Claudian elephants!

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This topic contains 6 replies, has 3 voices, and was last updated by  anonymous 4 years, 5 months ago.

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  • #15462


    It is commonly presumed that the war elephants which accompanied the Emporer Claudius when he came to Britain in AD 43 to accept the 'surrender' of the Britons were just for show and to impress the natives (who had never seen anything like this before). However in a recent article in BBC history magazine Gillian Howell puts forward another hypothesis that in addition they were to prevent attacks by and to neutralise the British chariots since “their smell was known to drive enemy horses mad”.As far as I am aware no further mention is made of the elephants in the historical record so it seems that they were either not used in battle or that if they they were they were not succesfull in this purpose.

  • #17388


    That's really interesting!  Is there a link available for us to read, or is it print only (and if so, do you know which issue of the magazine the article is located in)?Thanks for sharing that with us!

  • #17389


    I have had a look on the BBC history extra website but there is no reference there. The article which deals with the Hallaton helmet and the Claudian elephants is in the current (April 2012) edition of the magazine which can be obtained in print and digitally on the kindle. 

  • #17390


    Can I recomend the BBC history extra podcast which usually carries interviews with the writers of articles in the BBC history magazine. They are still on March edition but may be Gillian Howells will be on it in April. If I see it I will post details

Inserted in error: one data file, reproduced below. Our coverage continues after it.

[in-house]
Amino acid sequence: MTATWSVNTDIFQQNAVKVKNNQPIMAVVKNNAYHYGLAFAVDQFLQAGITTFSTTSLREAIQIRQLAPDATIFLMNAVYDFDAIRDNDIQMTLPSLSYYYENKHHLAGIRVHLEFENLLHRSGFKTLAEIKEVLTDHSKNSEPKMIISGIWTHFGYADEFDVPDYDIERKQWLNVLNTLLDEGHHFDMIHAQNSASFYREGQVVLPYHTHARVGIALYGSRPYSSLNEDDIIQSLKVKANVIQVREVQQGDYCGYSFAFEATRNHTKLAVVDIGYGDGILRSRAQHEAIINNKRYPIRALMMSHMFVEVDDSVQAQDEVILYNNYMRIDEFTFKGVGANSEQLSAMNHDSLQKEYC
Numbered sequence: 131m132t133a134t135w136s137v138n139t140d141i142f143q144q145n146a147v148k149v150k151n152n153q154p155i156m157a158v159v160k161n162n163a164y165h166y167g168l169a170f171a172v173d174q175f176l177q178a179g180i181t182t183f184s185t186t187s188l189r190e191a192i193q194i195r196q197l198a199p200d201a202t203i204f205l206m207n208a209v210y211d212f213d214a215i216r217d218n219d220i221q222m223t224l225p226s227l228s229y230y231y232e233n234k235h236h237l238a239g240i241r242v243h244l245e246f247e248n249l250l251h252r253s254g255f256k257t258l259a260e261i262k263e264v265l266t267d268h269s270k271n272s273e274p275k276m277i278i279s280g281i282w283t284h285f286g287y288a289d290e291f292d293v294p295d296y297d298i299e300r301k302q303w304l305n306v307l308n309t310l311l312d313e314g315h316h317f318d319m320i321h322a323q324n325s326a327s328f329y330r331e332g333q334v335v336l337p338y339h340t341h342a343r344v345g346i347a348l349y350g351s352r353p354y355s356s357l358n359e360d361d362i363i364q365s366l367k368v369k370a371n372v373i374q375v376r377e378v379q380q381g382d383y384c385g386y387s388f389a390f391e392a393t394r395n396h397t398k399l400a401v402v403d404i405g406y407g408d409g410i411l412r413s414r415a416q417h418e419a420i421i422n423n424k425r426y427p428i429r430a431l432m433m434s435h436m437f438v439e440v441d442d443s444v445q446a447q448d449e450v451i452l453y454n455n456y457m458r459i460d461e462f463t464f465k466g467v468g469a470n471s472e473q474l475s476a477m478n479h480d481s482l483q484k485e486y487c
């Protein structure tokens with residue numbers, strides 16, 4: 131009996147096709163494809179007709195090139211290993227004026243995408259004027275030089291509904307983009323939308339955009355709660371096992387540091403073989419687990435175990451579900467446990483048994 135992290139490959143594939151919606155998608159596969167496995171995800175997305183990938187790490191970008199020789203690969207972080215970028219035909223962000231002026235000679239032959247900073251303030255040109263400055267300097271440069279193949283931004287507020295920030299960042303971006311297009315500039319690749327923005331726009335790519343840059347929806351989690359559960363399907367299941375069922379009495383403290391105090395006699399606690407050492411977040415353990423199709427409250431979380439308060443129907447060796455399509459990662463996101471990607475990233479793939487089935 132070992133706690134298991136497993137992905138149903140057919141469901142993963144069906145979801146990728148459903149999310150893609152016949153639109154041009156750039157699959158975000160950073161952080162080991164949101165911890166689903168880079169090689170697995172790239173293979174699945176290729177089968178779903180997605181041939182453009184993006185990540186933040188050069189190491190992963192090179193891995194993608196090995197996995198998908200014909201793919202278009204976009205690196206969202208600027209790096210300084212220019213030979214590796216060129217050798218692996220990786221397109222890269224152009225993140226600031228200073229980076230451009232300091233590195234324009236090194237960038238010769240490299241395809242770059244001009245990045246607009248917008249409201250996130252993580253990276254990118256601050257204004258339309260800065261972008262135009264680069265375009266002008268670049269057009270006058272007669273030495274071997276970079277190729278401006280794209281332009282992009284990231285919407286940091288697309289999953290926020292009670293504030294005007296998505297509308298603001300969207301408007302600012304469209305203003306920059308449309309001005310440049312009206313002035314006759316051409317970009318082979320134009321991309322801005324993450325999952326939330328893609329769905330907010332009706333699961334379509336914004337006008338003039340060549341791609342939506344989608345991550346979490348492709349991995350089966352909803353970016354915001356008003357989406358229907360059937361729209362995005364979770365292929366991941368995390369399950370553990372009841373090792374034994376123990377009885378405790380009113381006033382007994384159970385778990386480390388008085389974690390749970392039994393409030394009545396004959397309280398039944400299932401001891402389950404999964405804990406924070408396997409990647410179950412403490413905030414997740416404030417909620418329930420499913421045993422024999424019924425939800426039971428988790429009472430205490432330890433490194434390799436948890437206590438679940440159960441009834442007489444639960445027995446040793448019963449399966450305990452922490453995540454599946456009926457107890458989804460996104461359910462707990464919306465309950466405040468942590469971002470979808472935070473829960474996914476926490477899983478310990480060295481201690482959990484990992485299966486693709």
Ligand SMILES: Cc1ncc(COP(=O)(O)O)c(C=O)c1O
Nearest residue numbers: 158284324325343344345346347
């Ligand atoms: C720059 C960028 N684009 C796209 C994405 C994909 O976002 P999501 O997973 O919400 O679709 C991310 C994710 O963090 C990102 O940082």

• #17391


    There is an interview with Gillian Hovell about her article on the Roman invasion of Britain in the 12th April edition of the BBC history extra podcast. Available to download from itunes

  • #17392


    I'll download it and have a listen to it today. Thanks for the heads up!

  • #17393


    HiWar Elephants would be a huge logistical hassle and consider feeding etc etc so their battle effectiveness against cost is negatable.  They almost certainly would have terrified the Brits and this is clearly the aim.  Also it is a demonstration of power - - 'look at me - I can bring beasts from far afield - - and you think you can fight me?!!'Also in battle they were very good for fighting and breaking tighly packed ranks, ie Greek Phalanx or a Roman formation, but I think for fighting loosly formed formations (ie the Brits) I cannot see the effectiveness - less for scaring the sh*t out of the oponent!I personally think its a statement from the stammering Emporer!Rich

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